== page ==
North Korean state-run media, by far the strongest tool in Kim Jong Un’s sweeping propaganda, has made another incredulous claim about the power Kim Jong Un and his family hold.
After the Supreme Leader’s recent visit to Mount Paektu, the tallest mountain peak in North Korea, Ro Dong news agency released a series of images of a smiling Kim followed by a statement that the “peerlessly illustrious commander” can control “nature.”
Braving the deep snow and temperatures well below zero, Kim Jong Un ascended the top of the 9,000-foot active volcano to celebrate the recent successful nuclear missile launch. Mount Paektu is believed to be the birthplace of Dangun, the founder of the first Korean kingdom, and is considered to be the country’s spiritual home. Kim’s father, the late Kim Jong Il, also claimed he was born in a secret military camp on the mountain.
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Despite a powerful blizzard raging through the mountain, Kim Jong Un’s arrival gave way to “fine weather unprecedented,” KCNA reported. The entire account of Kim’s journey up the mountain was covered by and published in North Korea’s official state newspaper the Rodong Sinmun.
“Imposingly standing on Janggun Peak, the respected Supreme Leader gave a familiar look for a while at the dizzy cliffs and the sea of trees, recalling the emotion-charged days when he realized the great historic cause of completing the state nuclear force without yielding even a moment and with the indomitable faith and will of Paektu.”
The report also claims the mountain offered a “warm welcome” to the dictator as it showed “joy at the appearance of the peerlessly illustrious commander who controls nature.”
Why does this matter?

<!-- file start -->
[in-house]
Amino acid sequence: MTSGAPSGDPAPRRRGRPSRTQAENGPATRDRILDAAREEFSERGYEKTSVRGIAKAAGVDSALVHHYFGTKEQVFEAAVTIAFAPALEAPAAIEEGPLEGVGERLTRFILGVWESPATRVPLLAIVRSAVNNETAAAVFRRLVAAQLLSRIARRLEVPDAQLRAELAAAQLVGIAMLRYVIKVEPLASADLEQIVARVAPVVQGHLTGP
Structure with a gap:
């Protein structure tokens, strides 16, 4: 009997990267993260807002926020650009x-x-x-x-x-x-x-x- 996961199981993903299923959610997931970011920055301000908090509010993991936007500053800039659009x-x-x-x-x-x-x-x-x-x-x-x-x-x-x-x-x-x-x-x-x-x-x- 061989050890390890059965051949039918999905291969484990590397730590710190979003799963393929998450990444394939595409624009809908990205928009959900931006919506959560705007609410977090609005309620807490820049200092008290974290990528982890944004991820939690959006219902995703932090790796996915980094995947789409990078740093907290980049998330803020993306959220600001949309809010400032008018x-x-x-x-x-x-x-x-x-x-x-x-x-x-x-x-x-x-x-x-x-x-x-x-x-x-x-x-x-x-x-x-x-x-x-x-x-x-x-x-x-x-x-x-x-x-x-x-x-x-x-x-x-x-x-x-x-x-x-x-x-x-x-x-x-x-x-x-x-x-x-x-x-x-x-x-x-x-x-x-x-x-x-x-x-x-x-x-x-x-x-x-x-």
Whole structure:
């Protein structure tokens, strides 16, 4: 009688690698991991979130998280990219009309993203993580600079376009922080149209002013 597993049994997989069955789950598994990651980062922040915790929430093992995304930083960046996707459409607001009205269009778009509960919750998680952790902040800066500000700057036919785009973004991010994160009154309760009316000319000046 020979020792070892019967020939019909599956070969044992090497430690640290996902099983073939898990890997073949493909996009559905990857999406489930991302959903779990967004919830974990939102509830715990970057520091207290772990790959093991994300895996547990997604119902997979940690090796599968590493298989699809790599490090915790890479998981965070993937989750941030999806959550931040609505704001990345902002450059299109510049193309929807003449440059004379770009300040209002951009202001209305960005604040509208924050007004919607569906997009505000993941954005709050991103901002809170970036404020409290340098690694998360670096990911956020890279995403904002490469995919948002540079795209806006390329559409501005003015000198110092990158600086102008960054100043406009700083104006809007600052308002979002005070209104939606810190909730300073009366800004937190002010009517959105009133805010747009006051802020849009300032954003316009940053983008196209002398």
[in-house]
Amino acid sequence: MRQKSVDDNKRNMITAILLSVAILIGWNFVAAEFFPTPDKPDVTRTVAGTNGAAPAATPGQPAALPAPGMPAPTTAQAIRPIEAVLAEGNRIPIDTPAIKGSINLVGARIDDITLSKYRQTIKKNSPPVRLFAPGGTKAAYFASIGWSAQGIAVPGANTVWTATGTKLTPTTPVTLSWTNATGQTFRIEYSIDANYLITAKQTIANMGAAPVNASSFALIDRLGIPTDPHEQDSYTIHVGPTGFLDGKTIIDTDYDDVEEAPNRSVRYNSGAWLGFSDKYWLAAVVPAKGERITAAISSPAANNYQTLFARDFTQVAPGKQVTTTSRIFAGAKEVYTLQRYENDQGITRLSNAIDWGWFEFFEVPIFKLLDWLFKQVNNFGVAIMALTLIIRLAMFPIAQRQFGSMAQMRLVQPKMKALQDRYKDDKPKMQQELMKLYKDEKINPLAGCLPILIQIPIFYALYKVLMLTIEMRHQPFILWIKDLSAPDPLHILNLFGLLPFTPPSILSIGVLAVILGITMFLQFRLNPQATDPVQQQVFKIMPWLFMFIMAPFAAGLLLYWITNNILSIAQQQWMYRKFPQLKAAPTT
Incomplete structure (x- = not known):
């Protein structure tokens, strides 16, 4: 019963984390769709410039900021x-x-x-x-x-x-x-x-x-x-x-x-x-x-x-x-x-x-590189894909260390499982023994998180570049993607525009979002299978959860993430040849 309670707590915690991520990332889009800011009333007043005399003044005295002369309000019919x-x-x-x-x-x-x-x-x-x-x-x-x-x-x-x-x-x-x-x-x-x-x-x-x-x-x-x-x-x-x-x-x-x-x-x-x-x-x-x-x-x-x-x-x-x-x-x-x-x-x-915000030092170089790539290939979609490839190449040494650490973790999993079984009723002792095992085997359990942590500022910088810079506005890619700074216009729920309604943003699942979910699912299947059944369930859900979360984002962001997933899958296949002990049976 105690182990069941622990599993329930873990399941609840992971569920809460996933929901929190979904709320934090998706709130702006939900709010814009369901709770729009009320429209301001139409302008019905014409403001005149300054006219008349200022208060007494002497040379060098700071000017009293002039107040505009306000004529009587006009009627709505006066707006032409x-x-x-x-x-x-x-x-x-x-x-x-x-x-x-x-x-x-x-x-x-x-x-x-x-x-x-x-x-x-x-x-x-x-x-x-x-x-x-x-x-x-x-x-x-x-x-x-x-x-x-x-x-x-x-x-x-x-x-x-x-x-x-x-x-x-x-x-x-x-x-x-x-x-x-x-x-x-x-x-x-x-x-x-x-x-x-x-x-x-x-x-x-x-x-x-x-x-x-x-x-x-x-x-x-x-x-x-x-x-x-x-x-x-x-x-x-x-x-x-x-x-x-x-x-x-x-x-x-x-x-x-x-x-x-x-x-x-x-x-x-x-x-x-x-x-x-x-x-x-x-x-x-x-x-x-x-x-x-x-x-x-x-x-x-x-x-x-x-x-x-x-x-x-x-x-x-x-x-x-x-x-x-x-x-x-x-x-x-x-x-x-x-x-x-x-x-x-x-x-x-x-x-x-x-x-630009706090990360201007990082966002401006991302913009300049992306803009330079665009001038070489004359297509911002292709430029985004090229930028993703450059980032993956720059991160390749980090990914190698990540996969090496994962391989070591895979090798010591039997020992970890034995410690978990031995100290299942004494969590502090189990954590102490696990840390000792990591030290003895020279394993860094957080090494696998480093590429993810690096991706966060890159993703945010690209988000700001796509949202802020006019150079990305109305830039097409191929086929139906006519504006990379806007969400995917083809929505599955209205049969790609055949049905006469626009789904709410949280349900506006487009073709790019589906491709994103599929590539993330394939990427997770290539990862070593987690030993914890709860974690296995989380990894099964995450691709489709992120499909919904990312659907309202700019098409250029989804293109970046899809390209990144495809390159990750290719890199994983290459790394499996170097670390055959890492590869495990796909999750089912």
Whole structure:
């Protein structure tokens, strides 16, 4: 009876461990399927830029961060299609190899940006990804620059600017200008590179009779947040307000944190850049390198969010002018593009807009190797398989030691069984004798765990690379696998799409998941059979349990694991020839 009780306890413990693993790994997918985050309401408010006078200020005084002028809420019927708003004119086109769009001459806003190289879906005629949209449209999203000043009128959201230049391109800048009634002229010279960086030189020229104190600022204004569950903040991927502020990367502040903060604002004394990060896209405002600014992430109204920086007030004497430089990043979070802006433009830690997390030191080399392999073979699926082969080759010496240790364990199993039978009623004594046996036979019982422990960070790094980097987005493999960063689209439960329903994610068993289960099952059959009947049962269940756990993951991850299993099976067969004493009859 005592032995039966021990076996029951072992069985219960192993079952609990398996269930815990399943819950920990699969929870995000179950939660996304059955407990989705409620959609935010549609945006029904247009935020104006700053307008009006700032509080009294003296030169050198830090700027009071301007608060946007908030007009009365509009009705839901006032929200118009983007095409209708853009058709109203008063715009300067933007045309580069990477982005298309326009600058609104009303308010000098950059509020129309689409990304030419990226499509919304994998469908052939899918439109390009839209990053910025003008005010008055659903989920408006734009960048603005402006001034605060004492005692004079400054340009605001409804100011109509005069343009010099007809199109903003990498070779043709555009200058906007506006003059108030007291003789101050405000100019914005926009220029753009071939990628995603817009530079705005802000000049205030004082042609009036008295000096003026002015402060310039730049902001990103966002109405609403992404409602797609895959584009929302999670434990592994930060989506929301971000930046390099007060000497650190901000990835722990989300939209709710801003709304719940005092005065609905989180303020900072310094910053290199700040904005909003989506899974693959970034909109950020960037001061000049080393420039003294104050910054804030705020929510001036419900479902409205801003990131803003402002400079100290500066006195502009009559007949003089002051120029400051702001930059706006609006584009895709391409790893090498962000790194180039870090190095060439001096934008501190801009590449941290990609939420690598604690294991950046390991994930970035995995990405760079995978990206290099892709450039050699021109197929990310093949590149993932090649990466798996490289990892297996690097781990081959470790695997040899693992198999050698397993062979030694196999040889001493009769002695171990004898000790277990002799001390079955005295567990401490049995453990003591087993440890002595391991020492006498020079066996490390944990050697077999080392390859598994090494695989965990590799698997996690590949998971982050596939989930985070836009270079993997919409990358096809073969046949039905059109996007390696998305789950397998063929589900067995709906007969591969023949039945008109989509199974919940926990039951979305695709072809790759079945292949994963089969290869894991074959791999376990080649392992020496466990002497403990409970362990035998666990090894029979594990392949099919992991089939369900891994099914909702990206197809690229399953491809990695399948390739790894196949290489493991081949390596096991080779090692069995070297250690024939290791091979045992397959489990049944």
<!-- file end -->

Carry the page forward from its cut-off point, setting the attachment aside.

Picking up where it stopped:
One can be tempted to dismiss this as just another instance of ridiculous propaganda surrounding Kim Jong Un and the power he holds in North Korea. However, despite the bizarre claims made by the state media, Kim Jong Un’s visit to Mount Paektu is more important than the sunshine it brought.
The visit itself was the first public outing of the dictator since the November 28 nuclear missile launch. As reported by KCNA, the state-run news agency, a walk on the mountain gave Kim a chance to think about the “emotion-charged days when he realized the great historic cause of completing the state nuclear force without yielding even a moment.”
It also sparked speculation that Kim was planning a significant political event, as almost all of his past visits to the mountain were followed by decisive changes in the political regime and important decisions regarding the country’s economy.
In late November 2013, Kim visited Mount Paektu a month before the infamous execution of North Korea’s top government officials, including his uncle Jang Song-Thaek, Vice Chairman of the National Defence Commision of North Korea.
His visit in April 2015 proceeded the firing and reported execution of Hyon Yong-Chol, the North Korean Minister of People’s Armed Forces. In September 2015, Mount Paektu also saw another visit from the dictator, this time after a semi-successful nuclear test earlier that month.
According to South Korean Intelligence sources, Kim’s sudden visit to the “sublime mountain of revolution,” as Mount Paektu is often referred to, could be an indicator of major political and economic changes in the country.
Just how far-reaching and extensive these changes will be is still largely unknown, but considering the latest warning issued by U.S. President Donald Trump, as well as the new sanctions South Korea plans on imposing, it’s most likely that the changes will affect North Korea’s military and defense systems.
The two-day missile tracking drills currently being conducted by allied forces consisting of the U.S., Japan, and South Korea are a direct answer to Kim Jong Un’s last month missile test and might be followed by reciprocal action from North Korea.
With the U.S. putting more and more pressure on China and other nations to cut trade and diplomatic trade with the rogue state, and the unstable state the country is already in, the current bout of propaganda seems nothing more than an attempt to hard-sell North Korea’s military might.